Israeli Prime Minister Yair Lapid met first with Jordan’s King Abdullah II and then with Turkish President Recep Tayyip Erdogan yesterday in New York for the annual United Nations General Assembly Summit.
After his meeting with the king, Lapid tweeted: “Jordan is a important strategic partner from Israel. His Majesty and I have spoken about strengthening and expanding cooperation between our countries as well as maintaining calm in the region.” This morning, Lapid tweeted, “Yesterday I had one productive meeting with Turkish President Erdogan, the first meeting between the Turkish President and the Israeli Prime Minister in almost 15 years. Israel-Turkey relations are key to regional stability and bring tangible benefits to both countries.”
Later in the day, Lapid met with Greek Prime Minister Kyriakos Mitsotakis and UN Secretary-General Antonio Guterres.
In the room with Abdullah
Lapid’s meeting with Abdullah was not easy. Violence in the West Bank has escalated in recent weeks with increased Israeli military attacks. Shortly before his meeting with Lapid, the Jordanian monarch addressed the UN and warned against undermining the status quo on the Temple Mount. He said the future of Jerusalem was a worrying issue and “Christianity in the holy city is under attack.” During the meeting, leaders were informed that an 84-year-old Israeli woman was beaten to death by a Palestinian attacker while walking in Tel Aviv’s Holon suburb.
Lapid reportedly told the king that the escalation of Palestinian violence in the West Bank must be halted before the start of the Jewish New Year on September 26, stating: “Israel will not stand by and fight terrorism in all its forms against it, and.” will not allow harm to the security of its citizens.”
Still, Lapid’s office stressed that the talks were “an additional expression of the tightening of Israeli-Jordanian ties and the continued strengthening of the personal connection between the Prime Minister and the King of Jordan.” The Israeli leadership was careful not to react publicly to Abdullah’s statement. Rather, Lapid posted a picture of the two heads of state, who last met in Jordan in July 2022, shaking hands and smiling. Other ministers, such as Defense Secretary Benny Gantz, have also met with the king in Amman in recent months.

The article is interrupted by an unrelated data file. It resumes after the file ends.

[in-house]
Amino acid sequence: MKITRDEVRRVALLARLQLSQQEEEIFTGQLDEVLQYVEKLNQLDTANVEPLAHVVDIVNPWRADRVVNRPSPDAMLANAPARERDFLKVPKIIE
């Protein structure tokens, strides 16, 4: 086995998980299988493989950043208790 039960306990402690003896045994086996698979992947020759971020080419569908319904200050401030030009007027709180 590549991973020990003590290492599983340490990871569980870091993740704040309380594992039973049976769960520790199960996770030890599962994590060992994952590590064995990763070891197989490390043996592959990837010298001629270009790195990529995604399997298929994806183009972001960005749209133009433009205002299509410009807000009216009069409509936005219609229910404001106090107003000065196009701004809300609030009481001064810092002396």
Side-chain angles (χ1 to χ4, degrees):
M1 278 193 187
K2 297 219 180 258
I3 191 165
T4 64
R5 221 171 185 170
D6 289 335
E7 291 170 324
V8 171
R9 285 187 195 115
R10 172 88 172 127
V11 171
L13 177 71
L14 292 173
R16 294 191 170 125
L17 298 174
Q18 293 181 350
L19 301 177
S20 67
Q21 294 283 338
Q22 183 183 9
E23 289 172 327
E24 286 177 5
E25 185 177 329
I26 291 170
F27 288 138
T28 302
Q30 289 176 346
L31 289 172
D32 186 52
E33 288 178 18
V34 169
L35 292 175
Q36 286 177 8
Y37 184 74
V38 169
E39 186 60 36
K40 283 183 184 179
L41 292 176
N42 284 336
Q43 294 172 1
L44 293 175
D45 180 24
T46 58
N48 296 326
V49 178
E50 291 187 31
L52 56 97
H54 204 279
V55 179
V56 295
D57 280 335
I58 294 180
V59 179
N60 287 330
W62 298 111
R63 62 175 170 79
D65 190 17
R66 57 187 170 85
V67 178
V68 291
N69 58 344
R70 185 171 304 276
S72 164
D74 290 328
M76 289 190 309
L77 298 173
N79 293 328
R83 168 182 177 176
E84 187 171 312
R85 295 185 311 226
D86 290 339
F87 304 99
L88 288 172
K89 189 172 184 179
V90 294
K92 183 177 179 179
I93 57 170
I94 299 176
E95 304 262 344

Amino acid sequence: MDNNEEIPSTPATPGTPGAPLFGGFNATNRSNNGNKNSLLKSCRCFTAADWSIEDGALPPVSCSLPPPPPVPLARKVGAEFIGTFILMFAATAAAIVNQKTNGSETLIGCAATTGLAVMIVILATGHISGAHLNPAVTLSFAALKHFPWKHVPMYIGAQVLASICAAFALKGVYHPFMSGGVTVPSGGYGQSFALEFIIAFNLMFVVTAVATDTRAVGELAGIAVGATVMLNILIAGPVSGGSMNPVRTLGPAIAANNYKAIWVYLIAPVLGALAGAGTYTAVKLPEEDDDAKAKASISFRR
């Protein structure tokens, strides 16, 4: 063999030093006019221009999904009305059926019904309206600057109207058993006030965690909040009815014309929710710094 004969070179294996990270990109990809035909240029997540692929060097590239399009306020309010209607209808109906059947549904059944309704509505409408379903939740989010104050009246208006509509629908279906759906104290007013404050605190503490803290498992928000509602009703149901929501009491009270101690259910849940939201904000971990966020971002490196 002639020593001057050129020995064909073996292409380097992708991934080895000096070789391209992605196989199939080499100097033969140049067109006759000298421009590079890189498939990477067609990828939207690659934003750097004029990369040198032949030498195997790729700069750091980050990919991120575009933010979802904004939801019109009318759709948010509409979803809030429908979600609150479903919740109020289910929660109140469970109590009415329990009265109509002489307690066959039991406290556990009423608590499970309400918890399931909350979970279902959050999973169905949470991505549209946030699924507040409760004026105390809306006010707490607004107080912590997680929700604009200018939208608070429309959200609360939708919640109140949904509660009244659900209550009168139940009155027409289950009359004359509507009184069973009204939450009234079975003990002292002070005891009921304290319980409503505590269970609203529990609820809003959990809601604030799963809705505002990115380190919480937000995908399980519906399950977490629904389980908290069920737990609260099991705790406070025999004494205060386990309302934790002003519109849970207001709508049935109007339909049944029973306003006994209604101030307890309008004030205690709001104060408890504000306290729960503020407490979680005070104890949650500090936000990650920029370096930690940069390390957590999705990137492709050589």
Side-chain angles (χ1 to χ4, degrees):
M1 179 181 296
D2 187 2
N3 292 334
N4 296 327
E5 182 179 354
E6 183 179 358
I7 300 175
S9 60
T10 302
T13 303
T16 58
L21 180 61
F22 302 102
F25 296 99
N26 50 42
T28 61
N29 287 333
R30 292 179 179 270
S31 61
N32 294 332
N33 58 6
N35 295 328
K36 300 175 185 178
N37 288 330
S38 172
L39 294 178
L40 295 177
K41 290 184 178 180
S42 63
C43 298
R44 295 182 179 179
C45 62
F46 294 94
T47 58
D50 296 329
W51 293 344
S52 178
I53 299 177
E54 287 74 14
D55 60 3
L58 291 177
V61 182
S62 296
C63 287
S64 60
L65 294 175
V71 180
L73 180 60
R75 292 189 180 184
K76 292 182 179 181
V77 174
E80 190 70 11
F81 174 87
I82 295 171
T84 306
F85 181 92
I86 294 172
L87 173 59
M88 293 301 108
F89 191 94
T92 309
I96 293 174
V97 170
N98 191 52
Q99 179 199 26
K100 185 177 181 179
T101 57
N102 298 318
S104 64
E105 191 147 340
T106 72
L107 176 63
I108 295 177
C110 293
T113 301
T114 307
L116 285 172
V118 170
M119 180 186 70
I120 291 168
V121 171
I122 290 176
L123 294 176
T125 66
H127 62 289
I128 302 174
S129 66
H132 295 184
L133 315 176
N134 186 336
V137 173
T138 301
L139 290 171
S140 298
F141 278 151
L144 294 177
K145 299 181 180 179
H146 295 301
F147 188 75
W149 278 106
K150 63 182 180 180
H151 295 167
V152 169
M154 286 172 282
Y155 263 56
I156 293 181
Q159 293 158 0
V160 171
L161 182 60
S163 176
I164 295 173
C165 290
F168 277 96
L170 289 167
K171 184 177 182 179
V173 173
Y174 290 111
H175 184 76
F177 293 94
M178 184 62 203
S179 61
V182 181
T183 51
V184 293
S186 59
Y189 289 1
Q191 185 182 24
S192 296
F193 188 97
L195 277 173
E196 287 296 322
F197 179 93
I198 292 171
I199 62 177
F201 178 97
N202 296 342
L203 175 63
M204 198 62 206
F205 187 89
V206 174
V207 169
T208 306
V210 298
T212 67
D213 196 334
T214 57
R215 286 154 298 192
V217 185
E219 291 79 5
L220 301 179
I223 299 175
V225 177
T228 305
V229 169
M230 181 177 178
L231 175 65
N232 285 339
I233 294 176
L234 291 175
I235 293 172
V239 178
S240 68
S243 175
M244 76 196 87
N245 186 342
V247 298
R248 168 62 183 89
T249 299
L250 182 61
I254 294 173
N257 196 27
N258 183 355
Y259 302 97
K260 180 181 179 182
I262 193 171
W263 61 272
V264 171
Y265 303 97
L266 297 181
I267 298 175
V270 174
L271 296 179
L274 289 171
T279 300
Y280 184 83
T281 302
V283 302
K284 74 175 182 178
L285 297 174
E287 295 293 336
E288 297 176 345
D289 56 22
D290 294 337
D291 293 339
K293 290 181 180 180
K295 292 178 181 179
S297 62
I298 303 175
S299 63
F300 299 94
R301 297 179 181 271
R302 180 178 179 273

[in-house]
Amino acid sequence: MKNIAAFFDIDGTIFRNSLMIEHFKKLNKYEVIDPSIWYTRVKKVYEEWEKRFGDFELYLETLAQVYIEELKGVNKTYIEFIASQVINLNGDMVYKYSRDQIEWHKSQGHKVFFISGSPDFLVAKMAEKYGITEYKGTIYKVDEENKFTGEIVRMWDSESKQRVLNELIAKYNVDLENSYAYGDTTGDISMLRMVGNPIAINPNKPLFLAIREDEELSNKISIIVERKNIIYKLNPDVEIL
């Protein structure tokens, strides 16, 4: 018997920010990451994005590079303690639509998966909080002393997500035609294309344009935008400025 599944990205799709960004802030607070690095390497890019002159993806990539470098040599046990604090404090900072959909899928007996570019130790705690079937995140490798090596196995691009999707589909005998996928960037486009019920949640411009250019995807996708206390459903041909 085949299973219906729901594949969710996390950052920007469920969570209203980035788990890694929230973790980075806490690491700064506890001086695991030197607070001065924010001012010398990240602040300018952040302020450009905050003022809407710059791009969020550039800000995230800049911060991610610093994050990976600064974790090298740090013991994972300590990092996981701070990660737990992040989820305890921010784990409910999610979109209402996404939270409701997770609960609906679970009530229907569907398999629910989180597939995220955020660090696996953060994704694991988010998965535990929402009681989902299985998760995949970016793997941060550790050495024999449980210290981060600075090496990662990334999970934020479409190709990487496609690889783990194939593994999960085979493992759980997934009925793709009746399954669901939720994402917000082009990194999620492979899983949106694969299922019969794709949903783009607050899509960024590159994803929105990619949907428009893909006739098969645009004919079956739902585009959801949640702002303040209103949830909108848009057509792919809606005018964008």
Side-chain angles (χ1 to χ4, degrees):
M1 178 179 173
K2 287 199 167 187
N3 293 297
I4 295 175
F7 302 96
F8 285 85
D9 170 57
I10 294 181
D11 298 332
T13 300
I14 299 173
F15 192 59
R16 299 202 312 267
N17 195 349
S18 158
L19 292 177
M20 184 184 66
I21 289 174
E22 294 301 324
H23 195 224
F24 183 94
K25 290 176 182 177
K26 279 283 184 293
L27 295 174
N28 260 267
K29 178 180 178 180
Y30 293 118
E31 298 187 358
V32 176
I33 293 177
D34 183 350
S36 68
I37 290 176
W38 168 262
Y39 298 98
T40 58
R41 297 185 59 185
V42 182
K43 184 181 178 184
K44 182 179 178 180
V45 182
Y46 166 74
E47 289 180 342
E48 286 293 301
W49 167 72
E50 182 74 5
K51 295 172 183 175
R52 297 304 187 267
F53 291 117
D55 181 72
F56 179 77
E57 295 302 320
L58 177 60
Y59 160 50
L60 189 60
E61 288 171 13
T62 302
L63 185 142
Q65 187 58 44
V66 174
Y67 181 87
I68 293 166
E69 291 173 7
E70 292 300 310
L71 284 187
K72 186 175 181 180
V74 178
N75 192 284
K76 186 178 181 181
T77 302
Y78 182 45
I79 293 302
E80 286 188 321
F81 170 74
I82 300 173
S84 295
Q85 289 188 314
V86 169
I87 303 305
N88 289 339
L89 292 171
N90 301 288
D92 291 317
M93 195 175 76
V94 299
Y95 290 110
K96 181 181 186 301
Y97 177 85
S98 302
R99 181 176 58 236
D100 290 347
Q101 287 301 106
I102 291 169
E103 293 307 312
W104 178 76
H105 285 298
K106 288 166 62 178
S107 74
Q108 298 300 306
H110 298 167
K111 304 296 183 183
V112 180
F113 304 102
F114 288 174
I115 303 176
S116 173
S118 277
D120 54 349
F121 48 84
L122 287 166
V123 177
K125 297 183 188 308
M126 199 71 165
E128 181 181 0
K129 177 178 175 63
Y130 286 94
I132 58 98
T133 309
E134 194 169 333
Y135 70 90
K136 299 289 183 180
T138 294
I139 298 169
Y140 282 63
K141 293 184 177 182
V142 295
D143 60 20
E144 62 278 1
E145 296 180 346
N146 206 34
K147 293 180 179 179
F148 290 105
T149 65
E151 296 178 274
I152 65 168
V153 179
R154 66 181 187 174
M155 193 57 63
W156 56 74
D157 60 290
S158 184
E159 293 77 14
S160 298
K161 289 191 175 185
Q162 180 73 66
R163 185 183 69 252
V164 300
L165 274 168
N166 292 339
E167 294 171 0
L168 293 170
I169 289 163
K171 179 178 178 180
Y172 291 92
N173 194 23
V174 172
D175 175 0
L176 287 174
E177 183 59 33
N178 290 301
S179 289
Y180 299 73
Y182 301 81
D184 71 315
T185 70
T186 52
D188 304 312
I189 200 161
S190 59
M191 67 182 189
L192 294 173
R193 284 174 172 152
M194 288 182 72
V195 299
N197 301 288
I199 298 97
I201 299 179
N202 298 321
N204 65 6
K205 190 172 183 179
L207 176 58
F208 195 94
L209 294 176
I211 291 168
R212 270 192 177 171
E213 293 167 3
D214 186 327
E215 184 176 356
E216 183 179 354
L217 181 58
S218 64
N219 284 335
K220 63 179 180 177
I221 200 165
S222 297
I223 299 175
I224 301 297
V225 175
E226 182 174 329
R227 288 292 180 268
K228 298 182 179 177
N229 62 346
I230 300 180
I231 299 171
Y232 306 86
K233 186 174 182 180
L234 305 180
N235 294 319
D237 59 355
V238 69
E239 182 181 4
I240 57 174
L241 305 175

In the room with Erdogan
The meeting between Lapid and Erdogan signaled further rapprochement between the two countries. According to Lapid’s office, the conversation focused on terrorism against Israelis in Israel and abroad. Lapid reportedly thanked Erdogan for Turkey’s security cooperation last June, particularly Turkey’s willingness to share information with Israeli counterparts to thwart Iranian plans against Israeli tourists in Istanbul. Another security issue was Jerusalem’s demand that Hamas release two Israeli nationals and the bodies of two Israeli soldiers who have been held in Gaza for years. The issue apparently arose in connection with Ankara’s relations with Hamas.
During the conversation, Lapid also welcomed the recent resumption of Israeli flights to Turkey, which had been suspended due to the travel warning. The Israeli Prime Minister noted that this development will certainly lead to a boost in tourism in both countries. He also addressed yesterday’s appointment of Israel’s new ambassador to Ankara, Irit Lillian, as a symbol of reconciliation between the two nations.
Where is this going?
- Periods of violence in the West Bank and Gaza Strip have always strained Israel’s relations with its neighbors, particularly Jordan and Turkey. With Israel’s elections just six weeks away, Lapid is doing his best to calm tensions in the West Bank.
- Jordan is considered the guardian of the holy places of Muslims and Jerusalem. Tensions between Israel and the Palestinians were a major cause, though certainly not the only one, of the rift between the king and former Prime Minister Benjamin Netanyahu. Lapid and Gantz have made special efforts to close this gap. Lapid and Gantz believe Amman could play an important role in defusing tensions with the Palestinians.
- The meeting between Lapid and Erdogan made headlines in Israel. In his address to the United Nations yesterday, Erdogan hailed the two-state solution as the only way to resolve the Israeli-Palestinian conflict and called for stopping illegal settlements in the West Bank, but did not particularly criticize Israel. A day earlier, Erdogan had told American Jewish leaders that he planned to visit Israel, but without giving a specific date.